Chipotle is out of the frying pan and into the fire with the recent discovery of malware that was relaying customer payment data to hackers from 2,250 of the Mexican restaurant chain’s store locations.
This comes close on the heels of a spate of food safety lapses that left hundreds of customers sickened by salmonella, norovirus and E. coli exposure in 2015. Despite that, shares ended only marginally lower after the announcement was made on Friday (May 26), dropping to $480.15.
The malware lifted data, including account numbers and internal verification codes, from magnetic stripes on payment cards. That information could be used to drain debit card-linked bank accounts, make “clone” credit cards or make purchases on less secure eCommerce sites.
Chipotle doesn’t know how many customers or cards were affected, and the company is unable to alert customers directly about the breach, since it doesn’t collect names or mailing addresses at the point of sale. It has done its best to circulate the information on its website and social media channels.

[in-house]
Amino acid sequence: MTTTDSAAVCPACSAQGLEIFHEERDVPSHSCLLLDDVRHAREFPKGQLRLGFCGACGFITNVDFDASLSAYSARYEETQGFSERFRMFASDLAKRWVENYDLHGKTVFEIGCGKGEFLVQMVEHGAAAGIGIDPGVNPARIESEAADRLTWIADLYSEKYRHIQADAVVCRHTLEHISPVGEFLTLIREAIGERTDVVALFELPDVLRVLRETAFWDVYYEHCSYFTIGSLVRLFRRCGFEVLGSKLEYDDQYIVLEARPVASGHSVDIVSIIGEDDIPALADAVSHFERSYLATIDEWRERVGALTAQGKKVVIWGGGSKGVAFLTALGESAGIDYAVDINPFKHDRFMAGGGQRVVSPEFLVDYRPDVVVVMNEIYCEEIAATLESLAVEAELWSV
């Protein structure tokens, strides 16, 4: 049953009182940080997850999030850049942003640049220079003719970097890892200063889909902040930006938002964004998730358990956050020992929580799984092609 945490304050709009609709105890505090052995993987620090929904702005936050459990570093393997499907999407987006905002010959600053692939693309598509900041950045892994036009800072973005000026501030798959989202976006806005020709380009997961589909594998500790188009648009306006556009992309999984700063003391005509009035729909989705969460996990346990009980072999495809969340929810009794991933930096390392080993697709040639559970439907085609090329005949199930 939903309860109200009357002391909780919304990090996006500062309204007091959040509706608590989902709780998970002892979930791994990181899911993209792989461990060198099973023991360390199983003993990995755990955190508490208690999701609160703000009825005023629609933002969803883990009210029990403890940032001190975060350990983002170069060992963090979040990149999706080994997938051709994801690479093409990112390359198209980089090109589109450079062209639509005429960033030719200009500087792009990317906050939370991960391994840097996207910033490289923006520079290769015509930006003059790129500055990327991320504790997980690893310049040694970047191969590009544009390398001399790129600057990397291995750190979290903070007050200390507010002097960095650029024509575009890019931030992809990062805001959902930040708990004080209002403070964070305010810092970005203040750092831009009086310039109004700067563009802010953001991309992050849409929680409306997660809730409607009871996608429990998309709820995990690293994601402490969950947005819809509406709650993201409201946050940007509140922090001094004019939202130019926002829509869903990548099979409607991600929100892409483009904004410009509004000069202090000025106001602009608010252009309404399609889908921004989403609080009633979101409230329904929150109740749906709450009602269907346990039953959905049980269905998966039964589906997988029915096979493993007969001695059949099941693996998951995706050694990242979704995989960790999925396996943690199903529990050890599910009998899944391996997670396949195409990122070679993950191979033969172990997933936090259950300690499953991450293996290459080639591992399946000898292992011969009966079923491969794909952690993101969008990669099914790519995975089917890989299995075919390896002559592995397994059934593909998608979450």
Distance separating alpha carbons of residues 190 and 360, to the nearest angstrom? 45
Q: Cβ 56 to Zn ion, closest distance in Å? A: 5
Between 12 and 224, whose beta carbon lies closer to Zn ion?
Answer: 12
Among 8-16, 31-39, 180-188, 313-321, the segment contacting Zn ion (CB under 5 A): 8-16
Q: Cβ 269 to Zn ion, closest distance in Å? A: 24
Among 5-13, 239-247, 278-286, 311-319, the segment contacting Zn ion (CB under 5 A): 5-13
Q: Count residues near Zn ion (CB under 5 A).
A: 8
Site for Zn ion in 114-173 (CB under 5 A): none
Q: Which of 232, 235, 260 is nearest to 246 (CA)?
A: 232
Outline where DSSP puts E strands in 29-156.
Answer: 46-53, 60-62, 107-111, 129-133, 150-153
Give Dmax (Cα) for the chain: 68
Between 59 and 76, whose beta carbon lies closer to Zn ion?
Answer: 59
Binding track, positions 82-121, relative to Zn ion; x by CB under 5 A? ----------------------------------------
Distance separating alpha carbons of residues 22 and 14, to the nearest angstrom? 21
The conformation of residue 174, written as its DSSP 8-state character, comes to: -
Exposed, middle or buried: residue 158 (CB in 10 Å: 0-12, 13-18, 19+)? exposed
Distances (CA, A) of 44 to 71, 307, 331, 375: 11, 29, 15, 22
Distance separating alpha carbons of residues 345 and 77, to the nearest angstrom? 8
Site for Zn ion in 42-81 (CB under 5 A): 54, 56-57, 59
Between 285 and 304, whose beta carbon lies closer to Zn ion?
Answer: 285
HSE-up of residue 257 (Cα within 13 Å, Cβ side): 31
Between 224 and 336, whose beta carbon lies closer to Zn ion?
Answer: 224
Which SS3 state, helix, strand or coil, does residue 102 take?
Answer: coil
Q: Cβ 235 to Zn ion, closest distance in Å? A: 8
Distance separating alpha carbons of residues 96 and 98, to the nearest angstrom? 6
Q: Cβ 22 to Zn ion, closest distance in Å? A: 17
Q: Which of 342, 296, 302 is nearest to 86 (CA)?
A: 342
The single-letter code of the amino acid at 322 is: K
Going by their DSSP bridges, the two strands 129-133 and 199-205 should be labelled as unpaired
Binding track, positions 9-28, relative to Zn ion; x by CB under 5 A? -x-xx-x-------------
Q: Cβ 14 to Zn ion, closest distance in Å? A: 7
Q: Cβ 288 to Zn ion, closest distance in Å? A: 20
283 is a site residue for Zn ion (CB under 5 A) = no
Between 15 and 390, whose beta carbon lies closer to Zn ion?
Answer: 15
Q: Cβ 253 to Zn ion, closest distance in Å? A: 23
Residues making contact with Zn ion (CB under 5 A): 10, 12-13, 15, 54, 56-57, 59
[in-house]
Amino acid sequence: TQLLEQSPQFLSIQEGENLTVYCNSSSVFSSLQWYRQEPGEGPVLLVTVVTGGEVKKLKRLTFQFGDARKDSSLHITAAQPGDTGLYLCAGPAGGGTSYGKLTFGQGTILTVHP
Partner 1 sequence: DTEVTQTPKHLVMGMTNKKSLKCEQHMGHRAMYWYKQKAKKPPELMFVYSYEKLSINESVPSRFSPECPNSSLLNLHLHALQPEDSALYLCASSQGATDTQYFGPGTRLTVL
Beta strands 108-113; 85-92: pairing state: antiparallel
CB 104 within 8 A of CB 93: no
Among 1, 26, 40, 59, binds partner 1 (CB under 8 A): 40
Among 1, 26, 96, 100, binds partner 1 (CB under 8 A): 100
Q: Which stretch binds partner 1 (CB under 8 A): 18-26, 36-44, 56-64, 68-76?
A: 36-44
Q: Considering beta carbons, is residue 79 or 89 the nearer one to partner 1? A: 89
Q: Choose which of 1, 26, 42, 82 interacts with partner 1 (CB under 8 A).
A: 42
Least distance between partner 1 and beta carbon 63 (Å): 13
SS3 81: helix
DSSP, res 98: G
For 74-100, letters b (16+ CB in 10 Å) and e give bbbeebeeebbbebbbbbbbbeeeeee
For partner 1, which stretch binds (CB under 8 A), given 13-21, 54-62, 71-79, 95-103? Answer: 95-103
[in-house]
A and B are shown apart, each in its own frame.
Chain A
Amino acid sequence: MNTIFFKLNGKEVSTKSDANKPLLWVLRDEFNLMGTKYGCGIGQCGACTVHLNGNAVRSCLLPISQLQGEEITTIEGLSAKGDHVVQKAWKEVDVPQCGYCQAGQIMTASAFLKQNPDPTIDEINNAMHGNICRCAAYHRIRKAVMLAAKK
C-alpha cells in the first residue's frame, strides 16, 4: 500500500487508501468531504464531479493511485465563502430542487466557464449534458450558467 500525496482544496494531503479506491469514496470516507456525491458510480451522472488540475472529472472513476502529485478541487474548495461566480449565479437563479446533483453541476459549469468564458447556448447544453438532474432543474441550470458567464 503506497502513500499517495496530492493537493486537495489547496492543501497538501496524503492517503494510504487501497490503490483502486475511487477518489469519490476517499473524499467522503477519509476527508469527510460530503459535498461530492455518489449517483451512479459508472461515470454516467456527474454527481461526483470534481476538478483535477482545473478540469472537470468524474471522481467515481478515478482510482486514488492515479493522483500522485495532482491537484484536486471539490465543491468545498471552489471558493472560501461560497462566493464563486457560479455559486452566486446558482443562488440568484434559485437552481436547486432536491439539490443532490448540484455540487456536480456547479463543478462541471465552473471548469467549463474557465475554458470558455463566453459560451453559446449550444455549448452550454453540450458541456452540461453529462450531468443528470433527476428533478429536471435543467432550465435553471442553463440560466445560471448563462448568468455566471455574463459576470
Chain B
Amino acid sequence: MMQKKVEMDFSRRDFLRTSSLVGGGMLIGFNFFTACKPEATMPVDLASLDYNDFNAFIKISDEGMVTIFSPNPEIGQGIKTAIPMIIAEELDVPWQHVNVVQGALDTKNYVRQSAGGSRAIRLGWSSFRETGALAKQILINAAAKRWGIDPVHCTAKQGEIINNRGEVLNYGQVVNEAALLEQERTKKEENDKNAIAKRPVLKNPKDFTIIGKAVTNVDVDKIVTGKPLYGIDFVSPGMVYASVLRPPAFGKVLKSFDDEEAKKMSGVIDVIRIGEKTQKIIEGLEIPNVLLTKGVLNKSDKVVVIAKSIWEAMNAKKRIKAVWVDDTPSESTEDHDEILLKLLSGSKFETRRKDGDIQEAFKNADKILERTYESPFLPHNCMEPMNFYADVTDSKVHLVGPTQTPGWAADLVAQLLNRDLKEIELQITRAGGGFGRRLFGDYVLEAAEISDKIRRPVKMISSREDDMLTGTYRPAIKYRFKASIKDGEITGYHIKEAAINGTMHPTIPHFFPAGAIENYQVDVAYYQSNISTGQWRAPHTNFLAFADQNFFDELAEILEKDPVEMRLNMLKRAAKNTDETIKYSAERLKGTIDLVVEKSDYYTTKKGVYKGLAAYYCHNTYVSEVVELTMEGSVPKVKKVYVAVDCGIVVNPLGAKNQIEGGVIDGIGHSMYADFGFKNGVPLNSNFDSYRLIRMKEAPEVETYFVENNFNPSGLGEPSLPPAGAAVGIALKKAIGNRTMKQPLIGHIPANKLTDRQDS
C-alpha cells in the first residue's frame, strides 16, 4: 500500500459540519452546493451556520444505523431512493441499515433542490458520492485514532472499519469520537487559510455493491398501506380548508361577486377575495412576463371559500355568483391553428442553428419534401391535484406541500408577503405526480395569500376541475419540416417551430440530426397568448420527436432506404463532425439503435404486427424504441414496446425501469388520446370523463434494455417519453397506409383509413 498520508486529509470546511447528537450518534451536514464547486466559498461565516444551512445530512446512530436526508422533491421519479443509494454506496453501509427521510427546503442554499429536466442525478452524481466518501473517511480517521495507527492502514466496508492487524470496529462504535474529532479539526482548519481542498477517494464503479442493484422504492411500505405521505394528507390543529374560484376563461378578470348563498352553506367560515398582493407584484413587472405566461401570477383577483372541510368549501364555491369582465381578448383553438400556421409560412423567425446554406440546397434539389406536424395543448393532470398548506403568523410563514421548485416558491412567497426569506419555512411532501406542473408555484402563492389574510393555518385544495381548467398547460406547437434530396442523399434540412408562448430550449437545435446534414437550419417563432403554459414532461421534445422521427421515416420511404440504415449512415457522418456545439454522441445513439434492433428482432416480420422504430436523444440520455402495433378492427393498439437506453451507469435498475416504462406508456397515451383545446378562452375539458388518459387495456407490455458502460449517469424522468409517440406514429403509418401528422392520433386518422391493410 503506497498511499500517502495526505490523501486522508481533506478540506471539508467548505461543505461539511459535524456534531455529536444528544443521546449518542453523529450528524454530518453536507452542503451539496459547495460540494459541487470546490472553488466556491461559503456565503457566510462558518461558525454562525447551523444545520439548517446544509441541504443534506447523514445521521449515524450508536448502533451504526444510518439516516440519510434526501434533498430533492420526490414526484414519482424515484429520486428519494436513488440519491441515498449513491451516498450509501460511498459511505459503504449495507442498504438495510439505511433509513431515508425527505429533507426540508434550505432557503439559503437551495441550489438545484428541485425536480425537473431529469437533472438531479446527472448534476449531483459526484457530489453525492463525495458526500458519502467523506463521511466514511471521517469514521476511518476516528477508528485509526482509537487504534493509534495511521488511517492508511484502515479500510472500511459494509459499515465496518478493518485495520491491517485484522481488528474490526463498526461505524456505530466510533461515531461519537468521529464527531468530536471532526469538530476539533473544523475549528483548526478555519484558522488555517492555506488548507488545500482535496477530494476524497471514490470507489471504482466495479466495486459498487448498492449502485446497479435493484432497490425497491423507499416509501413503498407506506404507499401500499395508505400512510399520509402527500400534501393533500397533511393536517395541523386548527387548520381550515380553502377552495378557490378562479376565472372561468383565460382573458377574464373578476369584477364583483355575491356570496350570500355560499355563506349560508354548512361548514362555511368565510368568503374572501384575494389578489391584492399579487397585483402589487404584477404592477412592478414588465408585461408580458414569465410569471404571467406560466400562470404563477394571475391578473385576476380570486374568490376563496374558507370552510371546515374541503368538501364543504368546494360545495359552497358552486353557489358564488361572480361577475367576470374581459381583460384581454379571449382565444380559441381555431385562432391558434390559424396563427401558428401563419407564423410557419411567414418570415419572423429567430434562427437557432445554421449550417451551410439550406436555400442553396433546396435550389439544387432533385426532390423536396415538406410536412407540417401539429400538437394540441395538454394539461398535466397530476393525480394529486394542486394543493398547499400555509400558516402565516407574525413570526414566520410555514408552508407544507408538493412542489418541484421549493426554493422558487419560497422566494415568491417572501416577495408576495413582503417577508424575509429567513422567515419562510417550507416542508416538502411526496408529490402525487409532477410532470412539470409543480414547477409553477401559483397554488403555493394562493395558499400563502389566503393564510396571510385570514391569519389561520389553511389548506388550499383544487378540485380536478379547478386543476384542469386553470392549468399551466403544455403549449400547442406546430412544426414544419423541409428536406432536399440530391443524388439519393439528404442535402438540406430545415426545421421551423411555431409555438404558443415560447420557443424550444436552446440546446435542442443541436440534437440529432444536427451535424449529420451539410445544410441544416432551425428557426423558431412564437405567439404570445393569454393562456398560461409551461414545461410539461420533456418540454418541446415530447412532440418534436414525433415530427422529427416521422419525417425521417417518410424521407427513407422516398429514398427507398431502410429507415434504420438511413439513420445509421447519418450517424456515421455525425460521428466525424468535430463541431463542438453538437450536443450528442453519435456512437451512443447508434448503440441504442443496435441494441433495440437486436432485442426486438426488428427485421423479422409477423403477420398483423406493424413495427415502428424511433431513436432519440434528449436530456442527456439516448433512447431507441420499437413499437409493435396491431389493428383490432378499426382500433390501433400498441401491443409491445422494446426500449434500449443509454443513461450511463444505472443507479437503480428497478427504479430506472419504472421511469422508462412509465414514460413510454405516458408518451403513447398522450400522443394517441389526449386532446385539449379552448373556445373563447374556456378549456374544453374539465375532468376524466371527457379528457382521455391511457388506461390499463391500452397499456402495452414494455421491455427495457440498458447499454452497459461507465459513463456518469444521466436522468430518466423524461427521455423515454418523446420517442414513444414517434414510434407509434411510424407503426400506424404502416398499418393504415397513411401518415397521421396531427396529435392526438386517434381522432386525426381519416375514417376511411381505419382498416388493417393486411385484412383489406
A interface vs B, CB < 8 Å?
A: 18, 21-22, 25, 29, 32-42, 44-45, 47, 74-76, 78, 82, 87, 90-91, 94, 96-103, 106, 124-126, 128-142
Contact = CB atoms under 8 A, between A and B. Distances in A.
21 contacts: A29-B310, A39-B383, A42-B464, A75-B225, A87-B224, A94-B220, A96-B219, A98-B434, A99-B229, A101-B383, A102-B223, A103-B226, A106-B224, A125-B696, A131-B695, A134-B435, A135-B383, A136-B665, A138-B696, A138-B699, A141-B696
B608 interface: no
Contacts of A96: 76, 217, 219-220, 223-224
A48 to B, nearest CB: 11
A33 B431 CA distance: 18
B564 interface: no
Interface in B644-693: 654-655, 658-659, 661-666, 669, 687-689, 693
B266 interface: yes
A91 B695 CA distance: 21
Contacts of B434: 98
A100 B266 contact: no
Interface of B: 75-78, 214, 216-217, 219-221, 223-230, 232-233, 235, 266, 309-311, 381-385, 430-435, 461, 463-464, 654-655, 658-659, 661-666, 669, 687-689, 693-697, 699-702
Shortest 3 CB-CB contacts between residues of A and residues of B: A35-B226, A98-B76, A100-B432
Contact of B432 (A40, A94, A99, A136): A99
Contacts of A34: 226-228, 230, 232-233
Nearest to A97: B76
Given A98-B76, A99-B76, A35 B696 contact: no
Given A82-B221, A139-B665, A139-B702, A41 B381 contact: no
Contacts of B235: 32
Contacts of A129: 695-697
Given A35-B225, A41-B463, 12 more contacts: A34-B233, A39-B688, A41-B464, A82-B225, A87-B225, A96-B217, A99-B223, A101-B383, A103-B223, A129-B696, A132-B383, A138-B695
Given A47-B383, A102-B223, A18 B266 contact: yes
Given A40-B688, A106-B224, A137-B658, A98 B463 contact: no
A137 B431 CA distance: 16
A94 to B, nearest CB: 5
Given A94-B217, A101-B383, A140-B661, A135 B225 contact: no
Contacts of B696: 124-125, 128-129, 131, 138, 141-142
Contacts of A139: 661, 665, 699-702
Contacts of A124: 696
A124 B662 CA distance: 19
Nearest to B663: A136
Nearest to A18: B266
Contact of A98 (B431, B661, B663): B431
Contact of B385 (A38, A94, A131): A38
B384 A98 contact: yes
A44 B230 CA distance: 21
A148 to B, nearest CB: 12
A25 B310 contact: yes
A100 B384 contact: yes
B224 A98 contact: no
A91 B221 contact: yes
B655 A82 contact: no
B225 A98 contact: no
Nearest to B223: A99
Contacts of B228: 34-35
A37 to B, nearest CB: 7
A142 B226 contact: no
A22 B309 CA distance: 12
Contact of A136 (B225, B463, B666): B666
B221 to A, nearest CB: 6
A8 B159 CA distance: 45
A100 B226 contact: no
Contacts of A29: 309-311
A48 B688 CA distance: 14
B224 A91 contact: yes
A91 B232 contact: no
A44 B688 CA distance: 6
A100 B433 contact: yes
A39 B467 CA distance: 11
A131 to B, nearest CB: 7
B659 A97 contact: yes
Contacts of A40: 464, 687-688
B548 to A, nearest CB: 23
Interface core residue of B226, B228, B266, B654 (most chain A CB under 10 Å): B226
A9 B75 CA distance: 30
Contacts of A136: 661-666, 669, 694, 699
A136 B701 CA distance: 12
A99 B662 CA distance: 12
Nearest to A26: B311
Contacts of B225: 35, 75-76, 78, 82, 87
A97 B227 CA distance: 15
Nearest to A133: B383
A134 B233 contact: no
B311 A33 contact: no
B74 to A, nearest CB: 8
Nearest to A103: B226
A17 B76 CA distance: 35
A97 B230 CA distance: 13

Attorney Linn Freedman, a specialist in data breach response, doesn’t think it’s enough. She thinks the message is unlikely to reach all affected customers, and it puts the burden on the victims to discover possible fraudulent transactions that may occur as a result of the Chipotle breaches.
The data was stolen between March 24 and April 18, even affecting some Canadian restaurants, spokesman Chris Arnold told Reuters. The malware has since been removed, and Chipotle will likely face fines from the card companies for failing to protect its customers’ sensitive data sufficiently. Plus, the restaurant will be liable for any fraud that results.
This snafu puts Chipotle in the company of Target, which just agreed to pay $18.5 million to settle claims from its 2013 Christmas-season data breach, as well as several hospitality businesses: Trump Hotels, InterContinental Hotels Group, Wendy’s, Arby’s and Landry’s.